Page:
Detroit emergency manager Kevyn Orr (right) and former Detroit mayor Dave Bing
Eight other Michigan cities have been under the control of the act, most since 2010 and under the current governor Rick Snyder. An earlier form of the law was contested in the Michigan Supreme Court, and resulted in a revision, now the current law.
The Sugar Law Center for Economic and Social Justice leads a campaign, Democracy Emergency, to reverse this law and restore democracy to Detroit. In the announcement of their campaign they quote the State of Michigan itself who admitted in its own internal analysis of Public Act 4 that: “This bill allows the emergency managers too much power and control over local units of government. Emergency managers can’t be trusted to act in the interests of the local nut and will use the enhanced powers granted under this bill for their own gain. Stripping local officials of the powers is anti-democratic.”
Furthermore, Barbara Barefield, a Detroit-based activist, hopes “…that Duggan, who is extremely savvy and experienced, will have influence with the Emergency Manager and the bankruptcy proceedings. It is extraordinarily tough to see our city assets being robbed by consultants and bankruptcy attorneys; set up the city in a way to make Detroit a land grab for the wealthy; and privatize city services and weaken unions and destroy/eliminate services and departments within city government. But after the EM leaves, we need intelligent, experienced leaders ready to reassemble the city and attempt to reinstate democracy, work with unions, and turn things around.”
Contrasting with this dire picture, few seem to realize the influx of young people, artists, entrepreneurs, and urban agriculturalists among them, some or many in the realm of the so-called New Hipster. Much activity is centered in the cultural/midtown district, the base of Wayne State University. Detroit has become the center of urban agriculture, cleverly utilizing vacant lots, increasing food security, and fostering neighborhood peace center. On the Amtrak bus between Detroit and Toledo where I was to catch a train home to Boston, I met a young white woman who lives in a cooperative house in the heart of Detroit. With 2 PhD’s, one in social work, the other in political science, she is fluent in Creole and regularly works in Haiti. She teaches at a college in Ann Arbor, commuting between home and employment. Most importantly she lives in Detroit, with a group, in a black neighborhood, in a house they’ve renovated that was long owned by a prominent Detroit black family, the Nixon’s.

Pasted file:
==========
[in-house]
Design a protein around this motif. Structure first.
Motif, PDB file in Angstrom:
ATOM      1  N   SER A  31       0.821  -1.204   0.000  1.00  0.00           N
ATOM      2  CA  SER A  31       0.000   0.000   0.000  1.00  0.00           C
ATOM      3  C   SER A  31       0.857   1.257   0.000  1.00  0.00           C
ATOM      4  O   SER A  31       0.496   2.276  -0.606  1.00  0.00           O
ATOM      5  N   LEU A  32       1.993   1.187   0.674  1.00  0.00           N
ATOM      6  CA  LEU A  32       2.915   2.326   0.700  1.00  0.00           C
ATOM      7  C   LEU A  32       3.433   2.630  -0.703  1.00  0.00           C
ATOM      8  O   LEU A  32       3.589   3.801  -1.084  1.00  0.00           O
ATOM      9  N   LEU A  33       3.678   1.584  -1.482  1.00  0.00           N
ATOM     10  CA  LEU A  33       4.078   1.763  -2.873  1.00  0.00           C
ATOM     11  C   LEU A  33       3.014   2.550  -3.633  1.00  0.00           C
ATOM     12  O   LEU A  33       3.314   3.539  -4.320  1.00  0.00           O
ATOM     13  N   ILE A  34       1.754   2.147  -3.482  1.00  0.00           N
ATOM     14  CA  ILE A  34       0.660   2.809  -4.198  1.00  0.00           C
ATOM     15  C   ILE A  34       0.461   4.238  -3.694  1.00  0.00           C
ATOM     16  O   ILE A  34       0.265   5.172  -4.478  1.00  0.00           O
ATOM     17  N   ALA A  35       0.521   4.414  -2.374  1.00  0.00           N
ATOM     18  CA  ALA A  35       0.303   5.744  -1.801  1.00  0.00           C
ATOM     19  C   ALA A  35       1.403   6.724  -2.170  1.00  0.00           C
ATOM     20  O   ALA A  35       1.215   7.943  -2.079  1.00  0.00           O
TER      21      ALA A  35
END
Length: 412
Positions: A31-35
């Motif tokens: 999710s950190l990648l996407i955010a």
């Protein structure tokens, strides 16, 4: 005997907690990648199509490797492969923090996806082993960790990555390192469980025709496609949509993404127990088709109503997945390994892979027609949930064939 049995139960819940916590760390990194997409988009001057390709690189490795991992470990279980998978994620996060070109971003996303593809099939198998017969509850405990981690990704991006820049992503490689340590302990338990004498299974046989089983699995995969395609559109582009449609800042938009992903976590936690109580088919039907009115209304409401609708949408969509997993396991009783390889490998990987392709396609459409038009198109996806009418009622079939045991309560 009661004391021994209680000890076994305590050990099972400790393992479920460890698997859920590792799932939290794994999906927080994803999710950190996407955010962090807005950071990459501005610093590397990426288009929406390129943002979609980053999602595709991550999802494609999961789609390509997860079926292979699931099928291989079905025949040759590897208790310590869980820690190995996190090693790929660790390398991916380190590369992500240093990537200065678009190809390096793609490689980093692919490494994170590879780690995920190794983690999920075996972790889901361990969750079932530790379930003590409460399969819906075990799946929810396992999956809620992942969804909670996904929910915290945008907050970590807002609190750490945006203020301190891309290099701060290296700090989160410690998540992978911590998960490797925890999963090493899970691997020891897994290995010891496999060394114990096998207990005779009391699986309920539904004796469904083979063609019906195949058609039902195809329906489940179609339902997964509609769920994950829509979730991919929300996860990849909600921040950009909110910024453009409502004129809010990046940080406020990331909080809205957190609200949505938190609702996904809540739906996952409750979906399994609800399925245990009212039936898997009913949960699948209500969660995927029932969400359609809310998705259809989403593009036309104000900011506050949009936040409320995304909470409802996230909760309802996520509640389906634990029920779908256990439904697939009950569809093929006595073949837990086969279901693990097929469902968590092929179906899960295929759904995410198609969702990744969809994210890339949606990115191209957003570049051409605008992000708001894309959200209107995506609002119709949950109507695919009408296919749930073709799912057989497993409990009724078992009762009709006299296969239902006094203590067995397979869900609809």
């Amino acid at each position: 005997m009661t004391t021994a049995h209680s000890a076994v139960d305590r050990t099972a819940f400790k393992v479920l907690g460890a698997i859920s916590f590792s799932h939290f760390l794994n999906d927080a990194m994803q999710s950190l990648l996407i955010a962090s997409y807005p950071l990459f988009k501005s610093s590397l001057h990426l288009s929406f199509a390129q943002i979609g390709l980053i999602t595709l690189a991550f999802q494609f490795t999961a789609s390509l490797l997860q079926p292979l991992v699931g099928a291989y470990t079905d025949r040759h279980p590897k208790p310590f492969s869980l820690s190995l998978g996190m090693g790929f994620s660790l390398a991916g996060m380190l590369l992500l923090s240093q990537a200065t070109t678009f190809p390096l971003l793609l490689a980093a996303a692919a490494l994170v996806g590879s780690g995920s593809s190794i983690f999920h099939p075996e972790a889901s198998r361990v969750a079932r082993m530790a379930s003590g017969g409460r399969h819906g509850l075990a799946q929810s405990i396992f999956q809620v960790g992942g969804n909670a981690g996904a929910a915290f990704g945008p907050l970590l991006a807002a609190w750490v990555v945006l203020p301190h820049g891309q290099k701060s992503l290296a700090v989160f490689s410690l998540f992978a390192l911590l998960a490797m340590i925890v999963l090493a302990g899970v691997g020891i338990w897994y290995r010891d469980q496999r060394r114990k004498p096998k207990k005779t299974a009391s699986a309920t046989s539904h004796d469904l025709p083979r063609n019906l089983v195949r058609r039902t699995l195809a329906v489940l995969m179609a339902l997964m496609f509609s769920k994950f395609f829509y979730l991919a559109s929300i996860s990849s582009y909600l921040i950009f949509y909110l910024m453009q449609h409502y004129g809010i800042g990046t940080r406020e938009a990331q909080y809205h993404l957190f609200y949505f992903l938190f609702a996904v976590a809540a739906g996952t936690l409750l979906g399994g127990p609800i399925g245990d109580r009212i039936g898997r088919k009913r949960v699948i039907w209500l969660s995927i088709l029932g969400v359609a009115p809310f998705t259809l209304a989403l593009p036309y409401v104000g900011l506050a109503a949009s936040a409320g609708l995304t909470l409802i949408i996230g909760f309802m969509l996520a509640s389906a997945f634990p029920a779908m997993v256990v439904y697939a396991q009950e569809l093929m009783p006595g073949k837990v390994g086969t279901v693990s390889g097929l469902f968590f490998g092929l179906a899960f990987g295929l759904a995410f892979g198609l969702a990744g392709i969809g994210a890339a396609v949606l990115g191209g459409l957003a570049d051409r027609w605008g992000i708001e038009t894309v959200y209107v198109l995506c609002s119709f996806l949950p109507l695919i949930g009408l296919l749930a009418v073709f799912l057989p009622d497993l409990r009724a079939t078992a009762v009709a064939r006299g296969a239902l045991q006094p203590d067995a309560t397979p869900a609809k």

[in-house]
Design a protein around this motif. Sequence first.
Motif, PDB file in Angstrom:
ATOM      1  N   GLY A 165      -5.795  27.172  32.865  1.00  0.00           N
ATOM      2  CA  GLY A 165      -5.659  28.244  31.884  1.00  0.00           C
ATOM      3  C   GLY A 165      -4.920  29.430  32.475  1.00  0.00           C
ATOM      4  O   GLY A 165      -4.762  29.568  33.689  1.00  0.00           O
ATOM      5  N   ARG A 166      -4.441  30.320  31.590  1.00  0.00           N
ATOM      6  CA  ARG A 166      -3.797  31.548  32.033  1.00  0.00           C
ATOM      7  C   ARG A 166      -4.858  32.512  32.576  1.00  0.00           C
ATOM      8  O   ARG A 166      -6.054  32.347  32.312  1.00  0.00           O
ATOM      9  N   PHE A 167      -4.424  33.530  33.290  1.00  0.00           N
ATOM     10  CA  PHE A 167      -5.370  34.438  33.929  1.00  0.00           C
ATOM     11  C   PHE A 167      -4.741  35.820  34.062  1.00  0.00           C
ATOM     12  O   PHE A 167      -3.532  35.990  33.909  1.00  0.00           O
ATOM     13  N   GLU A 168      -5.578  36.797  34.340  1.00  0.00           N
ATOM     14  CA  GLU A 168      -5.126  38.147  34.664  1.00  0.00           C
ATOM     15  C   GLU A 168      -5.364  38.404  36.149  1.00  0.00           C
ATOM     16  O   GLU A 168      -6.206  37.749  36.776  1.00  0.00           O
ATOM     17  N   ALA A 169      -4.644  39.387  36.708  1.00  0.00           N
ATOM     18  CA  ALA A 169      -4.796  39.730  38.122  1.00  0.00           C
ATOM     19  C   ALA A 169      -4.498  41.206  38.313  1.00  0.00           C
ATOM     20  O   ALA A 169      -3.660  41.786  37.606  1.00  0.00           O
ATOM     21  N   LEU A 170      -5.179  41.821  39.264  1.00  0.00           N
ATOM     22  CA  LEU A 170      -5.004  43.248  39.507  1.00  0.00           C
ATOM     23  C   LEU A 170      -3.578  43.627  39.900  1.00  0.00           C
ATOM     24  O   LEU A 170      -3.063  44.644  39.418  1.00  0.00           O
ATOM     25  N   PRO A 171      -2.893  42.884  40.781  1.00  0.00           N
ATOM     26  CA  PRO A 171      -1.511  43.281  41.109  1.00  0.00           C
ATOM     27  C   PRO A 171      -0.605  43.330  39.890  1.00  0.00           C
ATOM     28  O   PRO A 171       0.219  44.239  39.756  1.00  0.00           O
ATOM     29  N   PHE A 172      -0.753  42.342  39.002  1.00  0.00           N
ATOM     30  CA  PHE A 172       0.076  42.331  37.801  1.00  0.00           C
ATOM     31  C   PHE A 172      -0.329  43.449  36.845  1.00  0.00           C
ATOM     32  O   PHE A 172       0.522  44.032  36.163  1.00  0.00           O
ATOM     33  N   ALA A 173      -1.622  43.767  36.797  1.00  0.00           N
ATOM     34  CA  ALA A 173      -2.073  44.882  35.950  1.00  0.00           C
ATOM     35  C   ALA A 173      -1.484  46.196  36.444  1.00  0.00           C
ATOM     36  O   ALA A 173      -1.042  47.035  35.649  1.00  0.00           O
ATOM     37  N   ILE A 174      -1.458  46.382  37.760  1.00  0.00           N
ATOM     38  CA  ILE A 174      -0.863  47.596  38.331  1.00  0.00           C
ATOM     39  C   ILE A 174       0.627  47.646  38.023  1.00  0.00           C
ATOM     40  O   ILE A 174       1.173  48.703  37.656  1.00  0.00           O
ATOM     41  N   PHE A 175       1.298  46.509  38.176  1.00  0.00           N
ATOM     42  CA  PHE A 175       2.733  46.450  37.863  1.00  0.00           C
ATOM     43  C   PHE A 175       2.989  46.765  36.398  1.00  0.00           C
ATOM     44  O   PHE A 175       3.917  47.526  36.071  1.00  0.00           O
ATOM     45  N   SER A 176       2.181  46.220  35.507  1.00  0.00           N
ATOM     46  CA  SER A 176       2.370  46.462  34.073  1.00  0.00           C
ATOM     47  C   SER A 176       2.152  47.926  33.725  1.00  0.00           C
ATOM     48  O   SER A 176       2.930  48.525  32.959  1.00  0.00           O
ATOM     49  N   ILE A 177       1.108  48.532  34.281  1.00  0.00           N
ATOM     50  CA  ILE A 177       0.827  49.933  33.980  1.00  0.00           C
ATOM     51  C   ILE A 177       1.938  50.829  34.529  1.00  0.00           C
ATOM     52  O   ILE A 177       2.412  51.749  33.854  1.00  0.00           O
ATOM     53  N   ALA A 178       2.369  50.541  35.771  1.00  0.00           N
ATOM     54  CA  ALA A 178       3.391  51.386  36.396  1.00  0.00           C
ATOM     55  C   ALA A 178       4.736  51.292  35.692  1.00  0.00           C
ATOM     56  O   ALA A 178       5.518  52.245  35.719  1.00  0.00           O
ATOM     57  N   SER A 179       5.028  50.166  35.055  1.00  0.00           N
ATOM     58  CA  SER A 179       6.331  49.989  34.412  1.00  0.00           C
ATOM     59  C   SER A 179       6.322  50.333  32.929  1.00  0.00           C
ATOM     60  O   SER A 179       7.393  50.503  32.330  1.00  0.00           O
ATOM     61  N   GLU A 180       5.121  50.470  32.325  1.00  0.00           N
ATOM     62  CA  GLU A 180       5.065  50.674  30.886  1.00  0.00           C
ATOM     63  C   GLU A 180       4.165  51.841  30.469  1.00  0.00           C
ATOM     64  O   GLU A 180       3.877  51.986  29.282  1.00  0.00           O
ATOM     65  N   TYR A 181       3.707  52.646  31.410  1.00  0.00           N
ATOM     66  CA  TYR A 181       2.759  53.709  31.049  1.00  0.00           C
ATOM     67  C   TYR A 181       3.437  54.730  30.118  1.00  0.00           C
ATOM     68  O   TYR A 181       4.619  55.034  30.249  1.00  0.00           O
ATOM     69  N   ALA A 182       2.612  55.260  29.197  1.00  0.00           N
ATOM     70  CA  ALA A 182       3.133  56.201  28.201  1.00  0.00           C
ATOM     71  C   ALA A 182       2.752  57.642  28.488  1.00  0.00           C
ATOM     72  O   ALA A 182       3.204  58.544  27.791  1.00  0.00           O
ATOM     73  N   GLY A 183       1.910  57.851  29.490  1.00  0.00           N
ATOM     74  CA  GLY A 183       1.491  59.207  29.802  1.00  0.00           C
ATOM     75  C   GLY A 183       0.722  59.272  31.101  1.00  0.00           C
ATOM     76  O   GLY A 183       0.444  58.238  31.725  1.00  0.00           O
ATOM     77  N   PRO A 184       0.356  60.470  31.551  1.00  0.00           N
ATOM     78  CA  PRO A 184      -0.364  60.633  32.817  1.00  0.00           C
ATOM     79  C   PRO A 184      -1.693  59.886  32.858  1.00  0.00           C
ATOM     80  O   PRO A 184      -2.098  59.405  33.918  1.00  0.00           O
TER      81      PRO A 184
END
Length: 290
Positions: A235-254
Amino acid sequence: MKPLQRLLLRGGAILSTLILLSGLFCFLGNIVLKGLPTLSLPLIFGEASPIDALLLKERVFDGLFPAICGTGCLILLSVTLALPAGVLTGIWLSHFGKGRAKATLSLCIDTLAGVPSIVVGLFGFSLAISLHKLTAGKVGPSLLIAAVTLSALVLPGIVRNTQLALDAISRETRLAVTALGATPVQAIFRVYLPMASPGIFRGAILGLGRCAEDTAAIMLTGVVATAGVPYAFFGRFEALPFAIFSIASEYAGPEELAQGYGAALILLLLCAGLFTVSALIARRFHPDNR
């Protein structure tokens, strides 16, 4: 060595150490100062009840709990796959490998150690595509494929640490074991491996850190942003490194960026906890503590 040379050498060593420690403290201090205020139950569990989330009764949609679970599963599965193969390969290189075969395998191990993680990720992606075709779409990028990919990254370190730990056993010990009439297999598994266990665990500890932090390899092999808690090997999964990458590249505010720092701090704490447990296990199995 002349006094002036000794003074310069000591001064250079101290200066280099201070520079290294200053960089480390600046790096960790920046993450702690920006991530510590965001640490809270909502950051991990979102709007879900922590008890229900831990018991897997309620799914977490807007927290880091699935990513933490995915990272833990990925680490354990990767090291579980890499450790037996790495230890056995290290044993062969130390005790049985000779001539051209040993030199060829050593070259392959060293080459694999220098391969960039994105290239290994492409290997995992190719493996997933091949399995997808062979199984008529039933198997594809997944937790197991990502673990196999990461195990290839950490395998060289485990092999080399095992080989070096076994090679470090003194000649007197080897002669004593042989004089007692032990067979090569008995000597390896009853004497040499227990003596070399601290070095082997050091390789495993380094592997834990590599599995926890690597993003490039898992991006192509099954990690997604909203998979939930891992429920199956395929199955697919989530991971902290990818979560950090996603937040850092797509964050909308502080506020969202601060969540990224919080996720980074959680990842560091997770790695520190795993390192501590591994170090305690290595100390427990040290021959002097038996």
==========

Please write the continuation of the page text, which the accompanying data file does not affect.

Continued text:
The organization Greening of Detroit oversees the development of the MGMGrand market garden on Plum Street near downtown Detroit.
Built on the former site of the historic Lafayette Building, Lafayette Greens is a nearly 3/4 acre garden space in Detroit’s downtown district. Organized by Compuware.
Numerous visionaries float proposals to encourage urban agriculture, the arts, education, rescuing homes, and renovating neighborhoods such as the Urban Innovation Exchange, “an initiative to showcase and advance Detroit’s growing social innovation movement.
Two examples of social innovation: “Ponyride is a study to see how the foreclosure crisis can have a positive impact on our communities. Using an ‘all boats rise with the tide’ rent subsidy, we are able to provide cheap space for socially-conscious artists and entrepreneurs to work and share knowledge, resources and networks. We purchased a 30,000 square-foot warehouse for $100,000 and offer space for $0.10-$0.20 per square-foot, which includes the cost of utilities.”
“An approach to designing a self-maintaining garden modeled after natural ecosystems, Permaculture maximizes the distribution of rainwater by aligning it with exposure to sun and wind.”
A center of this innovation is the midtown neighborhood, anchored by Wayne State University, the Detroit Institute of the Arts, and the main public library. From a recent analysis, “7.2 Sq Mi, a report on Greater Downtown Detroit“:
Like city-centers globally, downtowns are owned by everyone—welcoming residents, employees, visitors, and tourists. Greater Downtown contains high-rise and low-rise living, our richest cultural assets, the center of Detroit’s business world, the region’s sports and entertainment hub, some of the city’s most storied neighborhoods, and some of Southeast Michigan’s leading educational and medical institutions.
TO BE CONTINUED (FOR PART TWO OF TWO)
Images from a trip up Detroit’s infamous River Rouge, one of the most heavily industrialized rivers in the world, with writerJoel Thurtell and filmmaker Florent Tillon.